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Halchak v. Dorrance Township Board of Supervisors

United States District Court, M.D. Pennsylvania

September 30, 2019

ANTHONY HALCHAK, et al., Plaintiffs,
v.
DORRANCE TOWNSHIP BOARD OF SUPERVISORS, et al., Defendants.

          Carlson Magistrate Judge.

          MEMORANDUM OPINION

          Robert D. Mariani United States District Judge.

         I. INTRODUCTION and PROCEDURAL HISTORY

         Presently before the Court is a Report and Recommendation ("R&R") (Doc. 35) by Magistrate Judge Martin C. Carlson in which he recommends that The Dorrance Township Board of Supervisors and Alan Snelson's Motion to Dismiss Amended Complaint (Doc. 2) and Motion of Defendants, Code Inspections, Inc. and Ken Fenstermacher, to Dismiss Plaintiffs' Amended Complaint for Failure to State a Claim upon Which Relief Can Be Granted, Pursuant to F.R.C.P. 12(b)(6) (Doc. 7) be granted as to Plaintiffs' Fourteenth Amendment Procedural Due Process claims and Plaintiffs' state law claims be dismissed without prejudice for renewal in state court (Doc. 35 at 20-22). For the reasons discussed below, the Court disagrees.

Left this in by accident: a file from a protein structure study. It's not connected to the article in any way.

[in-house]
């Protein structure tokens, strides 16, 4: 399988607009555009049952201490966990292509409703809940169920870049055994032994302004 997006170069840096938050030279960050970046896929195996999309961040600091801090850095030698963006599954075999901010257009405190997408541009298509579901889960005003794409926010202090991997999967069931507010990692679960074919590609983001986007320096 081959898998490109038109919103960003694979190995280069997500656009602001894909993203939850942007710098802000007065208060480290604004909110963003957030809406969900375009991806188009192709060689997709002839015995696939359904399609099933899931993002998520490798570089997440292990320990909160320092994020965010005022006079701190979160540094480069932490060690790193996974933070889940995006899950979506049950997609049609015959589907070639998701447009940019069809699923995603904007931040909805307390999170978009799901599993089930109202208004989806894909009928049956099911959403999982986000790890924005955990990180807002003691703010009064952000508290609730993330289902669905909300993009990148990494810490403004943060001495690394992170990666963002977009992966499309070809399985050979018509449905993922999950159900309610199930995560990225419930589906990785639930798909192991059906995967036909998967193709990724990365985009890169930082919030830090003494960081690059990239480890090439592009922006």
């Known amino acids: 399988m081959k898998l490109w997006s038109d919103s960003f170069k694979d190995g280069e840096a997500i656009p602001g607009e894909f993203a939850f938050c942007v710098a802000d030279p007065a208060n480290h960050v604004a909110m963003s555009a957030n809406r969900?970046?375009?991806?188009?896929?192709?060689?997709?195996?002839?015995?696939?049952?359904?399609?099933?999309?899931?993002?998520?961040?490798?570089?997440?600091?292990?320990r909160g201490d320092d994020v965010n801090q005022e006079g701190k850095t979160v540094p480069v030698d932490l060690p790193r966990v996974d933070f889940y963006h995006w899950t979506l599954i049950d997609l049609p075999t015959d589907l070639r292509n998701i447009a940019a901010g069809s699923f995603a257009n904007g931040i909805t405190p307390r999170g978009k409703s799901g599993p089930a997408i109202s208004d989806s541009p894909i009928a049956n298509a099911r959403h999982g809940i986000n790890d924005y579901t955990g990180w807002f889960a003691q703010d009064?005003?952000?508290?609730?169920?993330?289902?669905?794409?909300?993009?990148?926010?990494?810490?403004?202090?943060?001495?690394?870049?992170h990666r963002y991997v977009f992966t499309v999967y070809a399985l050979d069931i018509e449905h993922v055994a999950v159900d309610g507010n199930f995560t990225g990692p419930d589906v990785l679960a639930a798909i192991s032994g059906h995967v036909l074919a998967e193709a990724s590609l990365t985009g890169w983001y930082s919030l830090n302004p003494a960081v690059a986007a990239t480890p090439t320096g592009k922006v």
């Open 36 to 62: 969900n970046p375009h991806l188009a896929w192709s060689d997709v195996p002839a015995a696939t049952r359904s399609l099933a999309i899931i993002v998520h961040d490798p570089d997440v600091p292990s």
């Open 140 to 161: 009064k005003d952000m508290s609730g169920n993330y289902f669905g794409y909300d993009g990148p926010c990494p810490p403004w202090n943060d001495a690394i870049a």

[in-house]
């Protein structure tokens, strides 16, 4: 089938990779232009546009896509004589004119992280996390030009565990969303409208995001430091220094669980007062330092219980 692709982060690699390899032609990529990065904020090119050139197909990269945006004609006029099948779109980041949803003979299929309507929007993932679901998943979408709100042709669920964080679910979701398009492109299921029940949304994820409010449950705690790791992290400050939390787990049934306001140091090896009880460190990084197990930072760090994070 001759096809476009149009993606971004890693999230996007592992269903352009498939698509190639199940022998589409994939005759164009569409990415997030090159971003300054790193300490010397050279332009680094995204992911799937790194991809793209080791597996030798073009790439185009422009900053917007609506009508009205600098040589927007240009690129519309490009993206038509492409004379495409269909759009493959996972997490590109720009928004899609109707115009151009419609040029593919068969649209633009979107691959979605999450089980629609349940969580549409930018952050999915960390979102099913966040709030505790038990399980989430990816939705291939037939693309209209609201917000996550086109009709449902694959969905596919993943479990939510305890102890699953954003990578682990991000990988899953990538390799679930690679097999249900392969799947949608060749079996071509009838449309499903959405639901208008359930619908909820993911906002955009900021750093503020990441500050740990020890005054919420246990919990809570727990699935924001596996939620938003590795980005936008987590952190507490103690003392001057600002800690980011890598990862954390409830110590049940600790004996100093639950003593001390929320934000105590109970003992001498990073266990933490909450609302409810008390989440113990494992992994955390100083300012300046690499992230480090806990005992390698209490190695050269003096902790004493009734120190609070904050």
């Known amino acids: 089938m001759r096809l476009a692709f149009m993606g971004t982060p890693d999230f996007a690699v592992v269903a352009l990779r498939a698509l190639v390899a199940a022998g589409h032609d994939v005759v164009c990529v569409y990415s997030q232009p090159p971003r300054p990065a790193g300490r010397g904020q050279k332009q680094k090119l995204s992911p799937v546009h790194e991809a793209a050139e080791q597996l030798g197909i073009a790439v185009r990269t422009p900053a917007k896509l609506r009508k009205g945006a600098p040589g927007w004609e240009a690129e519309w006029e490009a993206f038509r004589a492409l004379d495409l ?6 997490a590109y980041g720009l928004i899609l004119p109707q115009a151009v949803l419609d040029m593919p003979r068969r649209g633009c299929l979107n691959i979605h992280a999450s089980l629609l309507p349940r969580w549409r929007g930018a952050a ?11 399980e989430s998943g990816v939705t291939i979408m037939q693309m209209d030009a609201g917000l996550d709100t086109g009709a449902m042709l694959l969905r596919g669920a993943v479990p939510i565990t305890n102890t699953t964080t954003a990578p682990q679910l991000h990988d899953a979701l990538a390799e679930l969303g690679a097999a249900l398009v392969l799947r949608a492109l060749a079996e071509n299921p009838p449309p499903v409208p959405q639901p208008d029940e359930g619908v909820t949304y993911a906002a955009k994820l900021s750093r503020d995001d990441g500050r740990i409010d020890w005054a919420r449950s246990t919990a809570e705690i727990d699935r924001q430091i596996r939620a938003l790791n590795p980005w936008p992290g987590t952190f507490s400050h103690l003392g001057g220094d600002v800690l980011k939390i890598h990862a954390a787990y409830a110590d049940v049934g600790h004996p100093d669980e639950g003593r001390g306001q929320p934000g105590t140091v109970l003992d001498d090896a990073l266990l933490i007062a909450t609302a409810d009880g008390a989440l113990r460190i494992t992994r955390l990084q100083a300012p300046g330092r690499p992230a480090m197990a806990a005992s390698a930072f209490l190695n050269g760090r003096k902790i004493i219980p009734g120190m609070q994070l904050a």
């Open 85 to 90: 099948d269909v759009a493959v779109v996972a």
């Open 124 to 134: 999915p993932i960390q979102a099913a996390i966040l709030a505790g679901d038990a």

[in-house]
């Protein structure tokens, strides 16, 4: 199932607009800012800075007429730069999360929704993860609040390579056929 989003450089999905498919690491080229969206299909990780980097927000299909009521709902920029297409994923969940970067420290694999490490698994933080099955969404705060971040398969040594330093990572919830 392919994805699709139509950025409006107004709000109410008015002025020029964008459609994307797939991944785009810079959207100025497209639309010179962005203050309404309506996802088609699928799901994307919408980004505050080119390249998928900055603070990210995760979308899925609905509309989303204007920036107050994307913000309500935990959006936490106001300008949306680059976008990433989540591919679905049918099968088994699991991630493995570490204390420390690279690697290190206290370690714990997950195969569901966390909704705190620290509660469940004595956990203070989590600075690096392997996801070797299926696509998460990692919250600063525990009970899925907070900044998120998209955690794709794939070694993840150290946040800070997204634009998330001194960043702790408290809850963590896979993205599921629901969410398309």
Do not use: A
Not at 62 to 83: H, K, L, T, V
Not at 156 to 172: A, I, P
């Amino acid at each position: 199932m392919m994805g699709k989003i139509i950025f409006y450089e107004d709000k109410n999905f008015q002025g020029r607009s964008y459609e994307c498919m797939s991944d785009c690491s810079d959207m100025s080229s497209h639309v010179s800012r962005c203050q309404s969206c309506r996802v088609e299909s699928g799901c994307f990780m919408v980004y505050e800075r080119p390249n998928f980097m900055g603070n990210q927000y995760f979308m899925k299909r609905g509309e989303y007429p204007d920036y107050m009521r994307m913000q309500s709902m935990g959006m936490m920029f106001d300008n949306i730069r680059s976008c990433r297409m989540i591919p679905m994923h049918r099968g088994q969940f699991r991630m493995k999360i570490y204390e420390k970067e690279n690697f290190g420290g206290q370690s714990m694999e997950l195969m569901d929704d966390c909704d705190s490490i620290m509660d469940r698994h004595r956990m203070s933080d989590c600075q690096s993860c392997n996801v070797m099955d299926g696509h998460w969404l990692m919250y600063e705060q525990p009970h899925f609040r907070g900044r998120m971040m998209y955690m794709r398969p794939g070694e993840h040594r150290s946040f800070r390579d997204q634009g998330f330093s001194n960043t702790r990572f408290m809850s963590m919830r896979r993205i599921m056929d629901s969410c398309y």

The operative complaint is the Amended Complaint filed in the Court of Common Pleas of Lackawanna County (Doc. 2-1) and removed to this Court on June 26, 2018, by Defendants Dorrance Township Board of Supervisors and Alan Snelson ("Dorrance Defendants") (Doc. 1). Defendants Code Inspections, Inc. and Ken Fenstermacher ("CII Defendants") consented to the Notice of Removal. (Doc. 1 at 3 ¶ 9.) Although the Amended Complaint contains five counts, the Court of Common Pleas denied Plaintiffs' Petition as to Counts II and III (Doc. 2 ¶ 3 & n.1) with the result that Counts I, IV, and V are before this Court. Count I does not identify a specific cause of action. (See Doc. 2-1 at 1.) However, as discussed in the R&R, Count I contains federal procedural due process claims which provide the basis for federal jurisdiction. (Doc. 35 at 3-4.)